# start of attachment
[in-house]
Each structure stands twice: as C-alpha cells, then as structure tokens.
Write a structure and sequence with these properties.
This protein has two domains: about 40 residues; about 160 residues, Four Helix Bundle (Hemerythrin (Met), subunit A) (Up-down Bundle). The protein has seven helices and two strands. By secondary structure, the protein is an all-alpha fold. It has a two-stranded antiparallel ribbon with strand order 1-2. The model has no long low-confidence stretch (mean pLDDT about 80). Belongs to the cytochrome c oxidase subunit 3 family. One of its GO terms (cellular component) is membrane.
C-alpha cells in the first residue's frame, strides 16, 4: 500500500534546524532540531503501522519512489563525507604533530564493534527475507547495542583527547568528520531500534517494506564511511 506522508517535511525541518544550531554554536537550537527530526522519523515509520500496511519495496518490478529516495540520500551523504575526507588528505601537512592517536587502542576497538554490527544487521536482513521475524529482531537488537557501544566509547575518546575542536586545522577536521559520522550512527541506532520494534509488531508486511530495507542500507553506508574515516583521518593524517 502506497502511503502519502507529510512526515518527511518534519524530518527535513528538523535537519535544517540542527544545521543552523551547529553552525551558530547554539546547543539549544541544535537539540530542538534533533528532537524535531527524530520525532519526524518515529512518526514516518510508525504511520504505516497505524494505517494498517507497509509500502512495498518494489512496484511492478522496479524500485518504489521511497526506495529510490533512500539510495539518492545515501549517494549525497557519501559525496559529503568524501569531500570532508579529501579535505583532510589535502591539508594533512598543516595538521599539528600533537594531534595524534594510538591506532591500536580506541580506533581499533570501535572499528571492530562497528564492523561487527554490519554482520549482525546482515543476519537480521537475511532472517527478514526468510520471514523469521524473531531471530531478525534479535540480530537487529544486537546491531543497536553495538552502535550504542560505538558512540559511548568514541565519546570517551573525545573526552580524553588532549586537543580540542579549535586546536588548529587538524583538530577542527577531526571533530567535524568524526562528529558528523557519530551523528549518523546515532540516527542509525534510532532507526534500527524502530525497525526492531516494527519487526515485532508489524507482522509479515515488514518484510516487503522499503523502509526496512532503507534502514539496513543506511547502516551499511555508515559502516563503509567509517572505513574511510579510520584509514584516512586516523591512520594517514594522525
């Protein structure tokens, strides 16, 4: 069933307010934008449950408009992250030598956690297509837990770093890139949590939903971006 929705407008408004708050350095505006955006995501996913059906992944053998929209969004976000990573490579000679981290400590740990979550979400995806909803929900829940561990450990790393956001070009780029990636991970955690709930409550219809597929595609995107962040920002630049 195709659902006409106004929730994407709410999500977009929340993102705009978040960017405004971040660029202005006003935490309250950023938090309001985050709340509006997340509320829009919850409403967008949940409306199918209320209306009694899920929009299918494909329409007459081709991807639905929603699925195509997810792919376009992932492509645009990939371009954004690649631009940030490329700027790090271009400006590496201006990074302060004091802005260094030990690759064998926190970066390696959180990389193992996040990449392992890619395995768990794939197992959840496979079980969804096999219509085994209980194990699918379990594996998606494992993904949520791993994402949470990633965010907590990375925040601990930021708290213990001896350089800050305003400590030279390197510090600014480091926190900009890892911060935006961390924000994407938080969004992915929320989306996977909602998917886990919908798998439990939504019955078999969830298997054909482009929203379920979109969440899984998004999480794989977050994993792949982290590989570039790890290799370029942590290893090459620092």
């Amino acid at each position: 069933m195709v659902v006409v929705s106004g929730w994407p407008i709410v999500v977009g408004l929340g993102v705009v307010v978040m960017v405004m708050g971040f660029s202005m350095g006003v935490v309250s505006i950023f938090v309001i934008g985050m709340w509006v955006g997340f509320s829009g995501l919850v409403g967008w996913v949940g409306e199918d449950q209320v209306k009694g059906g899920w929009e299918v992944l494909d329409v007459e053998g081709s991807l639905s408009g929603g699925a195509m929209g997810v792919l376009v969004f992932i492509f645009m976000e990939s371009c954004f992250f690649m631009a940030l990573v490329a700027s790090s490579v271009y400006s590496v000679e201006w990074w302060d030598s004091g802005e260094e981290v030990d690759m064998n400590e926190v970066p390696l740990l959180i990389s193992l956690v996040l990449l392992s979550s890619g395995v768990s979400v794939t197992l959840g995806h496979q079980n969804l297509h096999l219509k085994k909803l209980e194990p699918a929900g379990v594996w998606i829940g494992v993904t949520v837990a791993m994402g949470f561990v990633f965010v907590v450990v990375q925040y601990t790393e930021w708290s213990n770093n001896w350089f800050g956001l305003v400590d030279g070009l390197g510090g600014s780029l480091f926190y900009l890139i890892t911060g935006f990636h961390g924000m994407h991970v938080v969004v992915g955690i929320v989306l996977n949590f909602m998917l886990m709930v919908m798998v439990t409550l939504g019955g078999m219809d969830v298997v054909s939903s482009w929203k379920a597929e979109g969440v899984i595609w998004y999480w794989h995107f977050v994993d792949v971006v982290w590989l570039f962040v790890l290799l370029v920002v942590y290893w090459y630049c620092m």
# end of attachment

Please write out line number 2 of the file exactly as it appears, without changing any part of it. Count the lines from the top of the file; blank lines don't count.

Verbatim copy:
Each structure stands twice: as C-alpha cells, then as structure tokens.